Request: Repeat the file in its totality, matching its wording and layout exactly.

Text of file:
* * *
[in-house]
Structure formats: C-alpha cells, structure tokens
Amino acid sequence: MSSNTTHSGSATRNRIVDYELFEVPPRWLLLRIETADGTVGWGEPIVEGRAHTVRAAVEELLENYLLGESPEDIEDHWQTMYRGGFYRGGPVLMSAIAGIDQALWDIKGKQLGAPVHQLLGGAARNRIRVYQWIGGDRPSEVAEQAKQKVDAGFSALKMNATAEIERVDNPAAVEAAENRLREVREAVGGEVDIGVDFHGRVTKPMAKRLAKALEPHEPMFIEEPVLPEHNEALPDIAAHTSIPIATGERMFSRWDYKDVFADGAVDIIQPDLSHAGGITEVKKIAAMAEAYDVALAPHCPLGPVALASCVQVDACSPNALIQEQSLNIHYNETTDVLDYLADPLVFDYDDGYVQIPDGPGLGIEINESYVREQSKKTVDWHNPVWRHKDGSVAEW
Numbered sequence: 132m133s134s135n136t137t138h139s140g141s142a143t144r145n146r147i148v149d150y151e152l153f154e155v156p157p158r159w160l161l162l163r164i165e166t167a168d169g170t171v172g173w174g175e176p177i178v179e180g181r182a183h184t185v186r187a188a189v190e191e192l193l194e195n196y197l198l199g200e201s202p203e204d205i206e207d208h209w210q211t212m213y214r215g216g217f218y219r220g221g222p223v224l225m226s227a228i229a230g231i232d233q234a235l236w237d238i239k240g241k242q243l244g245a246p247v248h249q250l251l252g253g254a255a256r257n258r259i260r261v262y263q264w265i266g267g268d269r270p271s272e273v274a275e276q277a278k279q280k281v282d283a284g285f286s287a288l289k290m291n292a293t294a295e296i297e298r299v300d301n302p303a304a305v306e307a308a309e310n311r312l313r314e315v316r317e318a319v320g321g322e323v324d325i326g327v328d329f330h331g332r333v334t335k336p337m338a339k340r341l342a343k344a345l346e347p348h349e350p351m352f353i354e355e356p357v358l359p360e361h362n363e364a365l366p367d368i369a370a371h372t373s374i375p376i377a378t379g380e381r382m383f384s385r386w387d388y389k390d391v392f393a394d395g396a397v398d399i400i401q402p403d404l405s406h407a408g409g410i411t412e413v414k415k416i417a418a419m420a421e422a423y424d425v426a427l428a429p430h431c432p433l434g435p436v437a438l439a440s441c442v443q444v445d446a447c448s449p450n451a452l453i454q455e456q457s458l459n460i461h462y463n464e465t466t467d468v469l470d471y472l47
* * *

[in-house]
Structure formats: C-alpha cells, structure tokens
Amino acid sequence: MSSNTTHSGSATRNRIVDYELFEVPPRWLLLRIETADGTVGWGEPIVEGRAHTVRAAVEELLENYLLGESPEDIEDHWQTMYRGGFYRGGPVLMSAIAGIDQALWDIKGKQLGAPVHQLLGGAARNRIRVYQWIGGDRPSEVAEQAKQKVDAGFSALKMNATAEIERVDNPAAVEAAENRLREVREAVGGEVDIGVDFHGRVTKPMAKRLAKALEPHEPMFIEEPVLPEHNEALPDIAAHTSIPIATGERMFSRWDYKDVFADGAVDIIQPDLSHAGGITEVKKIAAMAEAYDVALAPHCPLGPVALASCVQVDACSPNALIQEQSLNIHYNETTDVLDYLADPLVFDYDDGYVQIPDGPGLGIEINESYVREQSKKTVDWHNPVWRHKDGSVAEW
Numbered sequence: 132m133s134s135n136t137t138h139s140g141s142a143t144r145n146r147i148v149d150y151e152l153f154e155v156p157p158r159w160l161l162l163r164i165e166t167a168d169g170t171v172g173w174g175e176p177i178v179e180g181r182a183h184t185v186r187a188a189v190e191e192l193l194e195n196y197l198l199g200e201s202p203e204d205i206e207d208h209w210q211t212m213y214r215g216g217f218y219r220g221g222p223v224l225m226s227a228i229a230g231i232d233q234a235l236w237d238i239k240g241k242q243l244g245a246p247v248h249q250l251l252g253g254a255a256r257n258r259i260r261v262y263q264w265i266g267g268d269r270p271s272e273v274a275e276q277a278k279q280k281v282d283a284g285f286s287a288l289k290m291n292a293t294a295e296i297e298r299v300d301n302p303a304a305v306e307a308a309e310n311r312l313r314e315v316r317e318a319v320g321g322e323v324d325i326g327v328d329f330h331g332r333v334t335k336p337m338a339k340r341l342a343k344a345l346e347p348h349e350p351m352f353i354e355e356p357v358l359p360e361h362n363e364a365l366p367d368i369a370a371h372t373s374i375p376i377a378t379g380e381r382m383f384s385r386w387d388y389k390d391v392f393a394d395g396a397v398d399i400i401q402p403d404l405s406h407a408g409g410i411t412e413v414k415k416i417a418a419m420a421e422a423y424d425v426a427l428a429p430h431c432p433l434g435p436v437a438l439a440s441c442v443q444v445d446a447c448s449p450n451a452l453i454q455e456q457s458l459n460i461h462y463n464e465t466t467d468v469l470d471y472l47